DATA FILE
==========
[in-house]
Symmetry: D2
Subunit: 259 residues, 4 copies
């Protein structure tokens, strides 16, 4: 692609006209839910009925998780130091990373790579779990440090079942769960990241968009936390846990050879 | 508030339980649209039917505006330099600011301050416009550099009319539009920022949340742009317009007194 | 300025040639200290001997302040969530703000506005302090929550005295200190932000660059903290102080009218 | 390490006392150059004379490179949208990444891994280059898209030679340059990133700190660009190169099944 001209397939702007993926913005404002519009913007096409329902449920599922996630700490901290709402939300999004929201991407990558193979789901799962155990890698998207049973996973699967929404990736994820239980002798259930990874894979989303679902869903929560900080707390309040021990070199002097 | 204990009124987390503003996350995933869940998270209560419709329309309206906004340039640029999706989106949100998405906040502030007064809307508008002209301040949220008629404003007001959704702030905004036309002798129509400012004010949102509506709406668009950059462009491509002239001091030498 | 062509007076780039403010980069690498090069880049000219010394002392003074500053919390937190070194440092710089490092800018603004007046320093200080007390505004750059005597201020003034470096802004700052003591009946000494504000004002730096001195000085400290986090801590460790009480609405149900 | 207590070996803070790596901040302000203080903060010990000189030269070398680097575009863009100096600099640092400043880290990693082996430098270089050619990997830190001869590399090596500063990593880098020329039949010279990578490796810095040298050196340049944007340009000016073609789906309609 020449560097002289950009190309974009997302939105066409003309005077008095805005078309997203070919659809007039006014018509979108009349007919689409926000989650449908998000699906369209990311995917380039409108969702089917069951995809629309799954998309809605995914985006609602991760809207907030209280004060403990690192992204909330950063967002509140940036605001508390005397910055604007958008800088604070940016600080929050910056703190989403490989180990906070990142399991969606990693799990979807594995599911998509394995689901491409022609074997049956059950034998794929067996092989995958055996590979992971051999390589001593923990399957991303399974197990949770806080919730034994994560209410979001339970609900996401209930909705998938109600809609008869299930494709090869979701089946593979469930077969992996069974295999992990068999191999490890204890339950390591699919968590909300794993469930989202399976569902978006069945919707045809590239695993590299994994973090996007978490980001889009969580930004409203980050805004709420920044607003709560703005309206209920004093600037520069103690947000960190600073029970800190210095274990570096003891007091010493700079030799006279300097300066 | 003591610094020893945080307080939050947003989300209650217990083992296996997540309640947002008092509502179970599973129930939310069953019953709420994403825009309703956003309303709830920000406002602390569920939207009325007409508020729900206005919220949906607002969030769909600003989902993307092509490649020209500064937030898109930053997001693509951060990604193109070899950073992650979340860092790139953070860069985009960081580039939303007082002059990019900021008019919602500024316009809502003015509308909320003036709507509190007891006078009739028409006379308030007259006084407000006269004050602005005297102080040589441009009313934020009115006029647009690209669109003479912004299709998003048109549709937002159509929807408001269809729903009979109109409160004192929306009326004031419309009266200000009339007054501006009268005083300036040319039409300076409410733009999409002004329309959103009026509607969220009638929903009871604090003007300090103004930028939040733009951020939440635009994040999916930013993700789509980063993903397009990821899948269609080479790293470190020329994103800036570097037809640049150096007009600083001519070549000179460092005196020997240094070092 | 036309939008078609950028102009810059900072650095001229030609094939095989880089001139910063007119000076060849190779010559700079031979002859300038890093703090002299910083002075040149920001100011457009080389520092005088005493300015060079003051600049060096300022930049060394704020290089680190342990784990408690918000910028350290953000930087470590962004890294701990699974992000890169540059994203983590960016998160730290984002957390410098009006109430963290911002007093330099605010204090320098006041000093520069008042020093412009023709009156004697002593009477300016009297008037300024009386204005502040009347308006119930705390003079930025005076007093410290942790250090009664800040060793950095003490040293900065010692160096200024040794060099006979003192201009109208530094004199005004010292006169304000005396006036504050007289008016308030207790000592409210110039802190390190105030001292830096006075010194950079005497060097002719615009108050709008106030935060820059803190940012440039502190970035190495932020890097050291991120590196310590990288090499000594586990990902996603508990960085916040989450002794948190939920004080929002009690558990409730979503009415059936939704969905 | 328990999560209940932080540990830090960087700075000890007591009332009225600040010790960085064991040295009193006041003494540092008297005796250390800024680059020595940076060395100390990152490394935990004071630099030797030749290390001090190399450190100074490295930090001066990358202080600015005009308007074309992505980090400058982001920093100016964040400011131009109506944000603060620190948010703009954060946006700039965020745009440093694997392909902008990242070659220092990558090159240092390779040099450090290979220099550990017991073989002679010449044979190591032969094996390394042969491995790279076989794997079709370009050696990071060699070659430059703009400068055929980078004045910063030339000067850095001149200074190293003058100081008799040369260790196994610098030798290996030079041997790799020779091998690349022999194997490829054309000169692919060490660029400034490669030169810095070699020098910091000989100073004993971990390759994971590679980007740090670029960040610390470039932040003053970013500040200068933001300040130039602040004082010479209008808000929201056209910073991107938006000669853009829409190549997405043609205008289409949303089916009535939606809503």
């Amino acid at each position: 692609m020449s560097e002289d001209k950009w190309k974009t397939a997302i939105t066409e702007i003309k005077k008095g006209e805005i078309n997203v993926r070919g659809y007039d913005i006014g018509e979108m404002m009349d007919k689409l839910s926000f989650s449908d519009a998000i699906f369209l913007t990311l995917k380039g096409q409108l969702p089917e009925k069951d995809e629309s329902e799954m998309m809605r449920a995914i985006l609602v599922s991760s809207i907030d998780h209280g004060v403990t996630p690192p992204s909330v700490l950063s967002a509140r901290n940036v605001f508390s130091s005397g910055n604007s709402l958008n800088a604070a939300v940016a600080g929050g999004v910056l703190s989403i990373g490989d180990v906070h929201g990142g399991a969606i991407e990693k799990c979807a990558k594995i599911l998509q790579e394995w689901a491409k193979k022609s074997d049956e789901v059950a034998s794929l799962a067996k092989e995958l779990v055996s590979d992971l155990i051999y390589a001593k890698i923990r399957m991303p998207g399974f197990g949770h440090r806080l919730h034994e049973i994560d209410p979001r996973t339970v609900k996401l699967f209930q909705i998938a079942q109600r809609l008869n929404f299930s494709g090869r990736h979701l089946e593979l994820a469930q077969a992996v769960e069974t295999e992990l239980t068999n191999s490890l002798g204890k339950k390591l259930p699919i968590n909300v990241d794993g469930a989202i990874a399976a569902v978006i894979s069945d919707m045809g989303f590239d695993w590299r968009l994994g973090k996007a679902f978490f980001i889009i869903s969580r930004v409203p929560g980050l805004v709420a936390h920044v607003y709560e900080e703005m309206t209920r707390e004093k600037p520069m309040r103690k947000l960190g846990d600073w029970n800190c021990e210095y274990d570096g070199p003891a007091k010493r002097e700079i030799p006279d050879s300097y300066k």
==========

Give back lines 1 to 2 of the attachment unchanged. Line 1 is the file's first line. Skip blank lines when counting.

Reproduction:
[in-house]
Symmetry: D2